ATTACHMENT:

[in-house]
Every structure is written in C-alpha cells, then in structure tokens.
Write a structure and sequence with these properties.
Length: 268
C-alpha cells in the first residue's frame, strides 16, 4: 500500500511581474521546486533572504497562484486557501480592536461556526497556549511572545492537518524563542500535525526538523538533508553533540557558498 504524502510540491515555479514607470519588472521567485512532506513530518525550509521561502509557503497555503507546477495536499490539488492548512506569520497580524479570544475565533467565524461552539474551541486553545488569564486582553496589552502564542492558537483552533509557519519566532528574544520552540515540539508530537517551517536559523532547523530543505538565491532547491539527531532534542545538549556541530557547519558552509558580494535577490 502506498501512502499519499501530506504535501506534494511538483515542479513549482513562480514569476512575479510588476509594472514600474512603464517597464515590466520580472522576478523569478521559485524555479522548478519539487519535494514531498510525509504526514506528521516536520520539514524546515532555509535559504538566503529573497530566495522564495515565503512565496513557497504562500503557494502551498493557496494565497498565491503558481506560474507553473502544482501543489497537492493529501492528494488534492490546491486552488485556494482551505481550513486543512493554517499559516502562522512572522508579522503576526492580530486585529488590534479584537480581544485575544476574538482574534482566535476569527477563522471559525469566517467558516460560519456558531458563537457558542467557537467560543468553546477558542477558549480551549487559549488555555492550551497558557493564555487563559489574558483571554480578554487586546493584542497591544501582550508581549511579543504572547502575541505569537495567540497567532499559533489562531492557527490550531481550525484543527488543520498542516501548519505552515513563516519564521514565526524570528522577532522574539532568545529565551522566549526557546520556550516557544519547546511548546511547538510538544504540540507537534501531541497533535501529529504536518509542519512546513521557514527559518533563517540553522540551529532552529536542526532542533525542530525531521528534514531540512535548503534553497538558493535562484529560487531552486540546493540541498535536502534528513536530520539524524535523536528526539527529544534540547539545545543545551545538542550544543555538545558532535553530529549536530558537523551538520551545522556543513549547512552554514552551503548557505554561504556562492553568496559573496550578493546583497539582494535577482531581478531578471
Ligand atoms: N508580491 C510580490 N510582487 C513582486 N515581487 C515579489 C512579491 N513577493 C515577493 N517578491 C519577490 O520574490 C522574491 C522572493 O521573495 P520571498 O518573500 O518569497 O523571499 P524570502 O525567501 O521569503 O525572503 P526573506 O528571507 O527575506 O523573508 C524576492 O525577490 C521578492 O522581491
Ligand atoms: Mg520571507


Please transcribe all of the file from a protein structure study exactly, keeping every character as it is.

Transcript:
[in-house]
Every structure is written in C-alpha cells, then in structure tokens.
Write a structure and sequence with these properties.
Length: 268
C-alpha cells in the first residue's frame, strides 16, 4: 500500500511581474521546486533572504497562484486557501480592536461556526497556549511572545492537518524563542500535525526538523538533508553533540557558498 504524502510540491515555479514607470519588472521567485512532506513530518525550509521561502509557503497555503507546477495536499490539488492548512506569520497580524479570544475565533467565524461552539474551541486553545488569564486582553496589552502564542492558537483552533509557519519566532528574544520552540515540539508530537517551517536559523532547523530543505538565491532547491539527531532534542545538549556541530557547519558552509558580494535577490 502506498501512502499519499501530506504535501506534494511538483515542479513549482513562480514569476512575479510588476509594472514600474512603464517597464515590466520580472522576478523569478521559485524555479522548478519539487519535494514531498510525509504526514506528521516536520520539514524546515532555509535559504538566503529573497530566495522564495515565503512565496513557497504562500503557494502551498493557496494565497498565491503558481506560474507553473502544482501543489497537492493529501492528494488534492490546491486552488485556494482551505481550513486543512493554517499559516502562522512572522508579522503576526492580530486585529488590534479584537480581544485575544476574538482574534482566535476569527477563522471559525469566517467558516460560519456558531458563537457558542467557537467560543468553546477558542477558549480551549487559549488555555492550551497558557493564555487563559489574558483571554480578554487586546493584542497591544501582550508581549511579543504572547502575541505569537495567540497567532499559533489562531492557527490550531481550525484543527488543520498542516501548519505552515513563516519564521514565526524570528522577532522574539532568545529565551522566549526557546520556550516557544519547546511548546511547538510538544504540540507537534501531541497533535501529529504536518509542519512546513521557514527559518533563517540553522540551529532552529536542526532542533525542530525531521528534514531540512535548503534553497538558493535562484529560487531552486540546493540541498535536502534528513536530520539524524535523536528526539527529544534540547539545545543545551545538542550544543555538545558532535553530529549536530558537523551538520551545522556543513549547512552554514552551503548557505554561504556562492553568496559573496550578493546583497539582494535577482531581478531578471
Ligand atoms: N508580491 C510580490 N510582487 C513582486 N515581487 C515579489 C512579491 N513577493 C515577493 N517578491 C519577490 O520574490 C522574491 C522572493 O521573495 P520571498 O518573500 O518569497 O523571499 P524570502 O525567501 O521569503 O525572503 P526573506 O528571507 O527575506 O523573508 C524576492 O525577490 C521578492 O522581491
Ligand atoms: Mg520571507